Albany TC Metro TC
Atlanta TC Savannah TC
Macon TC
Level IV/III

Medium security inmates perform work details and Correctional Industries operations both inside and outside the fence. Level III prisons focus upon particular work or program missions.

Baldwin SP Dooly SP Rivers SP
Bostick SP Homerville SP Rogers SP
Burruss CTC Milan SP Rutledge SP
Calhoun SP Montgomery SP Scott SP
Central SP Putnam SP Walker SP
Dodge SP

Assignment to a Facility

An inmate is assigned to a particular facility based upon a number of factors that primarily take into account the inmate's security risk.  Again, the Department of Corrections' website sets this information out succinctly in the following chart.

In Georgia, every inmate is assigned to one of five levels of supervision during the diagnostic process. During the diagnostic evaluation, the inmate’s length of sentence, nature of crime, criminal history, sex offenses, detainers, escape history, history of violent behavior, medical/psychiatric status and drug/alcohol use are examined. Once evaluated, the inmate is classified to a particular security level. Over time, the inmate may be reclassified at a lower (or higher) security level.
Medium Security

Inmates with no major adjustment or substance abuse problems still require constant supervision outside the perimeter fence and regular supervision inside the fence. Medium security inmates must remain at this level for six months before being considered for reclassification.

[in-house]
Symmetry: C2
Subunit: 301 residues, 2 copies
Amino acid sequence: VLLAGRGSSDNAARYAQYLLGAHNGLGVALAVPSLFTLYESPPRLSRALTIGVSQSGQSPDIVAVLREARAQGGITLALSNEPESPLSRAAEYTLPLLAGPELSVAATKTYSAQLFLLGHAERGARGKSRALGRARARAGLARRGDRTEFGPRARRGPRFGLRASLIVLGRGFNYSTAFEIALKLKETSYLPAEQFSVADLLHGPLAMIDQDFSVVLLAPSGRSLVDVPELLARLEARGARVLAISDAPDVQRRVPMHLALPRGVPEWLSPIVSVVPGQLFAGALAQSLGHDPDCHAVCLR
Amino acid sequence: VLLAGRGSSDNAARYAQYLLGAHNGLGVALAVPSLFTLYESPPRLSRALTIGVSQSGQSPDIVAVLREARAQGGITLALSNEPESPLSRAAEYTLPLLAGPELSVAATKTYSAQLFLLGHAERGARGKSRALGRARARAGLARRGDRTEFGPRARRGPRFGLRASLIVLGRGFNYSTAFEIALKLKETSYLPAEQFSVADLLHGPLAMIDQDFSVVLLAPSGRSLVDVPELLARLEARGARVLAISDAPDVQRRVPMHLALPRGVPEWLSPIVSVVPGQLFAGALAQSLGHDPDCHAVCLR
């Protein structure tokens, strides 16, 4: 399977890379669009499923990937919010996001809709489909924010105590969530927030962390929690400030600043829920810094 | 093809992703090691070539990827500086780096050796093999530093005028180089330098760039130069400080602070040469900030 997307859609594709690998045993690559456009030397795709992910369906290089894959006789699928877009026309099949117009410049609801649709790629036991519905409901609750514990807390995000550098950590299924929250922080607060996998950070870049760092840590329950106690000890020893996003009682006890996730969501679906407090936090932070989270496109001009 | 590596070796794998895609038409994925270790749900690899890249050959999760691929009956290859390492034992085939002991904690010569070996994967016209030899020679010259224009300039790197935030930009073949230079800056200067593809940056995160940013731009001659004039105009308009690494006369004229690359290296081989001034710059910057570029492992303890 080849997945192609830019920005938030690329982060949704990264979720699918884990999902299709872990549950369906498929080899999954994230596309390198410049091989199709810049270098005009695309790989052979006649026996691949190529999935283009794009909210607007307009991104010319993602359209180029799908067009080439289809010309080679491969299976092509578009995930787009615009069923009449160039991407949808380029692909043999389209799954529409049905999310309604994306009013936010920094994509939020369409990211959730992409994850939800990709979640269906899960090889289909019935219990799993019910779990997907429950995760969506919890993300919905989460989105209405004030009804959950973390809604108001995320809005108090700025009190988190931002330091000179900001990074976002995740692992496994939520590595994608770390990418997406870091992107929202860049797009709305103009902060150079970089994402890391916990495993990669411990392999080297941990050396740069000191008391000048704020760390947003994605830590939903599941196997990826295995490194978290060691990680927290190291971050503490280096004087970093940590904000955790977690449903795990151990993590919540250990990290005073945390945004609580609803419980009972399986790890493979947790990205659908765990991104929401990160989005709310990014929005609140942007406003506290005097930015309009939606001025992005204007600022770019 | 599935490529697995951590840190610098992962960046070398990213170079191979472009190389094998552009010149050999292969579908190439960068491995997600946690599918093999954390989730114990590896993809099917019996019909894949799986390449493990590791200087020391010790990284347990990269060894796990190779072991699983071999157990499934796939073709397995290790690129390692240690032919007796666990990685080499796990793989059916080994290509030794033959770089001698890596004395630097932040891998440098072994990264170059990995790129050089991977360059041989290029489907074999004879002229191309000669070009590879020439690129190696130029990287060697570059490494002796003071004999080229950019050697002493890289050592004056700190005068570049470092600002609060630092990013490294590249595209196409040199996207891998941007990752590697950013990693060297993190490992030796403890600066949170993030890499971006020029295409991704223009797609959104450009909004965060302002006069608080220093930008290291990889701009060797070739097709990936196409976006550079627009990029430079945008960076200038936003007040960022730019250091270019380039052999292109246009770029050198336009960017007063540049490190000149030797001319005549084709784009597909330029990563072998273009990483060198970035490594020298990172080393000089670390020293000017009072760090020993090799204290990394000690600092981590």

Maximum Security

Inmates considered assaultive or dangerous, and those who pose a high escape risk, and/or have other serious problems are assigned to this category. Such inmates require constant supervision by correctional officers and do not work outside the prison security fence. Inmates under death sentence are classified as maximum security.

Minimum Security

These inmates have a pattern of abiding by prison rules and regulations. They present a minimal risk of escape and have been judged to be a minimal threat to the community. They are allowed to work in the community, yet are checked hourly while inside or outside the prison’s perimeter security fence. Minimum security inmates must remain at this level for three months prior to consideration for reclassification.

Close Security

Inmates assigned to this level are escape risks and typically are rule violators. These inmates have assaultive histories, and may have detainers for serious crimes on file. These inmates require constant supervision by an armed correctional officer while working outside the security fence and require regular supervision when inside security boundaries. Inmates must remain at this level for one year before being considered for reclassification. Medium Security

Trusty Security

An inmate assigned to this category has proven to be trustworthy, has no adjustment problems, is cooperative, and has no current alcohol or drug addiction problems. Trusty inmates on work details require occasional

Obviously, it is desirable to have the lowest possible security rating.  The maximum and close security classifications place an inmate into an environment with very dangerous offenders.